UK Asks the Rest of the World to Be Super Duper Nice and Act as Its Old Deals Are Still Valid Post Brexit

You cannot make this stuff up.

At the end of this post is embedded a technical note from the UK government, addressed to no one in particular, in which the UK asks the rest of the world to let the UK keep the same terms of any bi-lateral deals with the EU in place with respect to them too during the transition period. The note acknowledges that multi-lateral deals are a different kettle of fish.

The legal fudge in numbered paragraph 7 looks pretty desperate:

This approach is underpinned by international law and practice, including Article 31 of the Vienna Convention on the Law of Treaties (VCLT), which provides that a treaty is to be interpreted in its context, which can include a subsequent agreement between the parties regarding its interpretation or application.

Help me. The UK wasn’t a party to any of these agreements. It was the EU. So the Uk can’t be one of the parties per the language above because it did not enter into the original agreement.1

So what does this mean in practice?

It is another demonstration of utter UK incompetence. How long has Theresa May been talking about her pet implementation period, and only now does anyone in her Government realize that it (along with Brexit generally) entail other moving parts besides getting an eventual pact on trade and services with the EU? The Financial Times was onto this last May, in , yet the Government has apparently been trying to stick its head in the sand since then. Key sections from its account:

While Brexit is often cast as an affair between Brussels and London, in practice Britain’s exit will open more than 750 separate time-pressured mini-negotiations worldwide, according to Financial Times research. And there are no obvious shortcuts: even a basic transition after 2019 requires not just EU-UK approval, but the deal-by-deal authorisation of every third country involved.

“The nearest precedent you can think of is a cessation of a country — you are almost starting from scratch,” says Andrew Hood, a former UK government lawyer now at Dechert. “It will be a very difficult, iterative process.”…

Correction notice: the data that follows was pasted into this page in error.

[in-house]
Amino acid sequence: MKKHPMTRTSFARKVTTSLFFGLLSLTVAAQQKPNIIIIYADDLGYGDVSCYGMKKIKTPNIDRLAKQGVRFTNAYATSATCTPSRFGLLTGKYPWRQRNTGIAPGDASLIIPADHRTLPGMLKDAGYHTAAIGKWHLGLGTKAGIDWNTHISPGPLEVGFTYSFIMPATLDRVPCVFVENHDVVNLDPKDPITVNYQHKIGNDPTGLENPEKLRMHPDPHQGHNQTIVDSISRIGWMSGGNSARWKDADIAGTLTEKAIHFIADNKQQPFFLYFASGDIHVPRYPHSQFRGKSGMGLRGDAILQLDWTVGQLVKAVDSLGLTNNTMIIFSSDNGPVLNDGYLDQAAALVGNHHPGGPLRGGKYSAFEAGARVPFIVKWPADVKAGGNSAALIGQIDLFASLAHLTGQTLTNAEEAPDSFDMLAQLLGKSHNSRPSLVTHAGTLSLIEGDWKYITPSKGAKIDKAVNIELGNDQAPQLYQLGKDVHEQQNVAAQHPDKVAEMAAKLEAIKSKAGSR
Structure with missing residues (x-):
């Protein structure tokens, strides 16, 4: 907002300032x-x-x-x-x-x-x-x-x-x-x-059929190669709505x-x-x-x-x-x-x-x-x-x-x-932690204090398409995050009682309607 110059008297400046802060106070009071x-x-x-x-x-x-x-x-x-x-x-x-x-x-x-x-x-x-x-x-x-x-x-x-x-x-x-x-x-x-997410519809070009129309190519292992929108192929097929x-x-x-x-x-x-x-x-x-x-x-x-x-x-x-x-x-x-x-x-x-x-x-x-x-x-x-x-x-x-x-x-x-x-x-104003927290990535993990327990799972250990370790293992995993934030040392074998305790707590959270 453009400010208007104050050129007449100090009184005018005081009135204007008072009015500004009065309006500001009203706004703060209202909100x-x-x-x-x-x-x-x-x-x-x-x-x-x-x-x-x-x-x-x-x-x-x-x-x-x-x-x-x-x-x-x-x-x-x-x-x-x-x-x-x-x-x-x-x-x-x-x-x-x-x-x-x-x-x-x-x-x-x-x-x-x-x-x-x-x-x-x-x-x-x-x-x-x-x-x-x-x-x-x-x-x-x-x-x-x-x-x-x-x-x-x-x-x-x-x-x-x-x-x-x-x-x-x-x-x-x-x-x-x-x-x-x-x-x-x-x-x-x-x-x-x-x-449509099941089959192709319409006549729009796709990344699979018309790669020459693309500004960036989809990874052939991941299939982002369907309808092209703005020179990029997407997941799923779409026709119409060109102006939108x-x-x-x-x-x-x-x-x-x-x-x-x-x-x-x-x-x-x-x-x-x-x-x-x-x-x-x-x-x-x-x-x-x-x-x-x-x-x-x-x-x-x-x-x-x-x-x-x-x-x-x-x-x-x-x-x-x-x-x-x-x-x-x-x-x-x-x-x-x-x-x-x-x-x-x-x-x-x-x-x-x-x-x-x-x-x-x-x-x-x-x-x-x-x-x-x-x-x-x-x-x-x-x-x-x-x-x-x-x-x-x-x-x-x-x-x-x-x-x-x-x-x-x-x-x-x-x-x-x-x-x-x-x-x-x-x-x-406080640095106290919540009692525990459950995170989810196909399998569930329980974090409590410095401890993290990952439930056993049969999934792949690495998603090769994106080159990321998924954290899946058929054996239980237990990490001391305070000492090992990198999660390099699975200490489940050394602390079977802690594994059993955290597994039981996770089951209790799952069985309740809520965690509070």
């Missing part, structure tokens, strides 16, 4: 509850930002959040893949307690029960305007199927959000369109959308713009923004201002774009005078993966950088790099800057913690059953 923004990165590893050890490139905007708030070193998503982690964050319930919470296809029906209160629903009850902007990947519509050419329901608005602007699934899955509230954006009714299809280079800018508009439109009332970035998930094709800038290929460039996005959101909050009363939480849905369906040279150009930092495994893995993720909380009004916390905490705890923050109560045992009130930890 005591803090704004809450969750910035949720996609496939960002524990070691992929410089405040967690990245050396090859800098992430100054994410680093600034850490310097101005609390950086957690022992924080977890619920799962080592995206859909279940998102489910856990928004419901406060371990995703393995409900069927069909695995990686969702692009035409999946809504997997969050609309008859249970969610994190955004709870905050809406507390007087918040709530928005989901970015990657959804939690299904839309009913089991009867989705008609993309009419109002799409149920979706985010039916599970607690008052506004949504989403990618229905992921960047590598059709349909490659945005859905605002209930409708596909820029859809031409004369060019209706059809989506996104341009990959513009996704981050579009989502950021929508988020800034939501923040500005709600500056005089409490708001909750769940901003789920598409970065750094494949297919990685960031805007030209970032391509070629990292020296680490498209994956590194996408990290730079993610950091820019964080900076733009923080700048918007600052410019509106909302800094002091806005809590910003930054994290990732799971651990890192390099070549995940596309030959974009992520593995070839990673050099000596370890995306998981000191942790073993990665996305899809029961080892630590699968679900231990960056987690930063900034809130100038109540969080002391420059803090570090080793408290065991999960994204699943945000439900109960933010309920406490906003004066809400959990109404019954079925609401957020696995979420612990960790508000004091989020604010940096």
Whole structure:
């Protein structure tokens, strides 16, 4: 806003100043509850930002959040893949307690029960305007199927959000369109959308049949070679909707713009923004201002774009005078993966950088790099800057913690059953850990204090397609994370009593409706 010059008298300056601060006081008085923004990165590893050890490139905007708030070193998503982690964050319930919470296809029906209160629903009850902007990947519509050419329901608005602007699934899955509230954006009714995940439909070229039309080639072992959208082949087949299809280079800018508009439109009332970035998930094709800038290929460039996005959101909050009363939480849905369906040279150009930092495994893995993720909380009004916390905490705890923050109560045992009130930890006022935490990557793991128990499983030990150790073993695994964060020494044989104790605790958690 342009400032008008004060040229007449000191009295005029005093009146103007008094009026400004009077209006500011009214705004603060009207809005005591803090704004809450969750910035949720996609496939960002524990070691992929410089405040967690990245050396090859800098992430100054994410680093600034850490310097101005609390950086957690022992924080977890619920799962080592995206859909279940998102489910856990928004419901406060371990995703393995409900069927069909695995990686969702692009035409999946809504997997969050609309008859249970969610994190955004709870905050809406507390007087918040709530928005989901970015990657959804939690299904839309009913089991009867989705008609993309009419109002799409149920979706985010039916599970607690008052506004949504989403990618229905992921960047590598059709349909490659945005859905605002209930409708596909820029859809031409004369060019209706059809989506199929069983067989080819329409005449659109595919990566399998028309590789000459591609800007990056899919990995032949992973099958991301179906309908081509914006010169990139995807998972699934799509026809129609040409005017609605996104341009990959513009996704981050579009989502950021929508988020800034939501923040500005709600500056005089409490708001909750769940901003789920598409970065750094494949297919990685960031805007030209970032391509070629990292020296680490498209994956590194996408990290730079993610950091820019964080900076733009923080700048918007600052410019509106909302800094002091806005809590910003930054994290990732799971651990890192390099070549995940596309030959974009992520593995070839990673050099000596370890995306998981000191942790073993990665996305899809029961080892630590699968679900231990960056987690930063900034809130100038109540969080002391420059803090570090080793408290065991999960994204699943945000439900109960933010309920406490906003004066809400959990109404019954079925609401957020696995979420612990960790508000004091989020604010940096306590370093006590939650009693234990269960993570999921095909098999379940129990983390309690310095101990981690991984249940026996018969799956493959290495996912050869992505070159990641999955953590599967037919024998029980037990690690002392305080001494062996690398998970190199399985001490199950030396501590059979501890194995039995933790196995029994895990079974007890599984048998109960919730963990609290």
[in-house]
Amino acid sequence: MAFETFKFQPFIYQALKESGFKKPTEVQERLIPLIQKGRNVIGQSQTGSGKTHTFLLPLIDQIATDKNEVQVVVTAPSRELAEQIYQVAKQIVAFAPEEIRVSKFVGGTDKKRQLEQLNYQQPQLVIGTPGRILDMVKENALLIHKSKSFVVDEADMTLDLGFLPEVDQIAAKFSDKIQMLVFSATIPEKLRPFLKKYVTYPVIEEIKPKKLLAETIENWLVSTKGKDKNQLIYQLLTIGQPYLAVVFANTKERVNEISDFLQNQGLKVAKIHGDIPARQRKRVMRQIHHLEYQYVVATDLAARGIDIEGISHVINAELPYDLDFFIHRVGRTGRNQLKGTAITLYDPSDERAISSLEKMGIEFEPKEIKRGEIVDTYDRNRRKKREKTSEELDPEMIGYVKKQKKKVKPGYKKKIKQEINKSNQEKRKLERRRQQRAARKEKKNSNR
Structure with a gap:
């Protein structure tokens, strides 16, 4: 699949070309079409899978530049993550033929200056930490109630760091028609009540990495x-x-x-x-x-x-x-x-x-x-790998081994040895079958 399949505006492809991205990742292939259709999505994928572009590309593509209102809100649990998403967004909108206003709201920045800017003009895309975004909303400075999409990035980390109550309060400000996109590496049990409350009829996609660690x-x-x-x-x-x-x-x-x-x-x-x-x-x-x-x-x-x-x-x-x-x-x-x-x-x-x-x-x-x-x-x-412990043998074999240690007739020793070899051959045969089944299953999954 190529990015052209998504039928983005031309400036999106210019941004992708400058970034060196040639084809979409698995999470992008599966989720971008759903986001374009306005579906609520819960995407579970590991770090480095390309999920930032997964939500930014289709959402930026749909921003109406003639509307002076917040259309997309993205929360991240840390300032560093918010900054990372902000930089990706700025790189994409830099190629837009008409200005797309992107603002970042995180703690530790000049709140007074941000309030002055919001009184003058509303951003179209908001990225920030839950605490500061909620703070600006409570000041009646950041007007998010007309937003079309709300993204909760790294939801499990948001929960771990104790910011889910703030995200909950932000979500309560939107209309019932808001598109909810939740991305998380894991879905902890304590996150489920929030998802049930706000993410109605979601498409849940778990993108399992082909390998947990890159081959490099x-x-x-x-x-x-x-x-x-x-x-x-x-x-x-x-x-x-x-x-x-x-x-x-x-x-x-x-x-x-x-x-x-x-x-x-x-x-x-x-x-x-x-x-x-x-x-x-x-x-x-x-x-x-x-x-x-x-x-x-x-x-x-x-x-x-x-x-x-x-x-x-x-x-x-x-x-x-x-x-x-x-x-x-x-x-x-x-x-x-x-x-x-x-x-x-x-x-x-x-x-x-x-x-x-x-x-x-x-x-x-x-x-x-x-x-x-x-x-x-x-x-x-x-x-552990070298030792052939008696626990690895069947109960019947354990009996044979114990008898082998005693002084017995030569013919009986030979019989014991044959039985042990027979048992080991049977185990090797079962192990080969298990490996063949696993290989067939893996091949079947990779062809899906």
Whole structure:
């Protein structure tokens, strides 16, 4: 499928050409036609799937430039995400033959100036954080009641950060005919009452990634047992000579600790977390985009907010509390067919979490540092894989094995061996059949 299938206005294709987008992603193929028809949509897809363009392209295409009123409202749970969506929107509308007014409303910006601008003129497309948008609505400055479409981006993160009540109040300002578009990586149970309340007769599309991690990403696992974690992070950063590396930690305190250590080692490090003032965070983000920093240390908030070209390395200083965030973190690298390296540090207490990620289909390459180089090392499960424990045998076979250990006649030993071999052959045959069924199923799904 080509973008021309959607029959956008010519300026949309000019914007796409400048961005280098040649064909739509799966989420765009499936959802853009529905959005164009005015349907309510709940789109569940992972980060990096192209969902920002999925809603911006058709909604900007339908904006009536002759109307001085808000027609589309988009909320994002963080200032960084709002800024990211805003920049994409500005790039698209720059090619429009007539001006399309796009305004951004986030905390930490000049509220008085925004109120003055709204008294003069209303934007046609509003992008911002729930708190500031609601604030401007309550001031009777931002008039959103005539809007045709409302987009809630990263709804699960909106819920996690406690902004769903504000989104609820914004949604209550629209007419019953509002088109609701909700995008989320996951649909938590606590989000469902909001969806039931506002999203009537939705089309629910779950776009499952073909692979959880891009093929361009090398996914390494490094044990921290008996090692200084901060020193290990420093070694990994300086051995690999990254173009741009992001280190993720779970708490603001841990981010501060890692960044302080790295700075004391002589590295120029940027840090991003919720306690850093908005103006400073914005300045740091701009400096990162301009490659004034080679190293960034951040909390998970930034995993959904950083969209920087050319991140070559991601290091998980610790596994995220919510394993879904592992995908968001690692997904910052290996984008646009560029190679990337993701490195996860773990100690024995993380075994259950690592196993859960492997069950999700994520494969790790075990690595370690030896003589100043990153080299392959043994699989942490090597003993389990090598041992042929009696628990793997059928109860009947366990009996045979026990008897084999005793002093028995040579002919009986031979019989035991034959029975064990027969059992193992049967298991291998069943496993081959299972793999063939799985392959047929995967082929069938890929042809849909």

Each agreement must be reviewed, the country approached, the decision makers found, meetings arranged, trips made, negotiations started and completed — all against a ticking clock and the backdrop of Brexit, with the legal and practical constraints that brings. Most inconvenient of all, many countries want to know the outcome of EU-UK talks before making their own commitments….

***

At its most granular level, the sheer administrative scale of the “third country” question is striking. Through analysis of the EU treaty database, the FT found 759 separate EU bilateral agreements with potential relevance to Britain, covering trade in nuclear goods, customs, fisheries, trade, transport and regulatory co-operation in areas such as antitrust or financial services.

Some of the 759 are so essential that it would be unthinkable to operate without them. Air services agreements allow British aeroplanes to land in America, Canada or Israel; nuclear accords permit the trade in spare parts and fuel for Britain’s power stations. Both these sectors are excluded from trade negotiations and must be addressed separately….

“The logistics are terrifying, even just to go through these commitments and treaties and scope them out,” says Hosuk Lee-Makiyama, a former trade official for Sweden and the EU now at the European Centre for International Political Economy. “Do you want revisions? Do they? Do you go there? How many visits to Chile will this take? That’s a massive logistical operation in itself.

Everyone with an operating brain cell will use this opportunity against the UK. The UK’s failure to understand what Brexit means in practice and make adequate preparations means it has given the countries that are parties to these pacts a free option: you can fudge and honor the current terms with the EU, or you can do what you really should do, which is insist on a new agreement and use Brexit as an opportunity to demand better.

So where might countries leave the present arrangements in place? Where they work to their advantage and they deem it to be too much trouble to fuss. But any government worried about having its position covered in the relevant be clear and properly protected will likely want a new agreement and pretty pronto, just as a matter of good order.

And so merely because they are going to have to go to the trouble of papering up new treaties, most countries will probably seek to improve terms, particularly since the UK will be overwhelmed and not in a position to argue. And those other countries will be even more motivated if they think they are getting the short end of the stick or deem it worth the trouble to take advantage of the UK’s desperate position and demand more, they will.

As the Financial Times noted last May:

“There will be a lot of countries with a beef with the EU or the UK and will see this as a golden opportunity to bring up a nuisance issue. They might not get anything, but they have to try,” he [Hosuk Lee-Makiyama] adds. “There will probably be an accident in areas you cannot predict.”

And in the Financial Times’ account on this mess today, readers offered other reasons why some nations would be keen to sport with the Brits. For instance, from Felix Drost:

Who expects countries like China and India, that have humiliation by Britain on their national curriculum still, to be more generous to Britain than to the EU, the largest single market?

The Financial Times got its digs in on this sorry situation in its headline, , and was if anything understated in the article proper:

Sam Lowe, a research fellow at the Centre for European Reform, said the move marked a U-turn from previous British policy to renegotiate UK-only versions of the deals.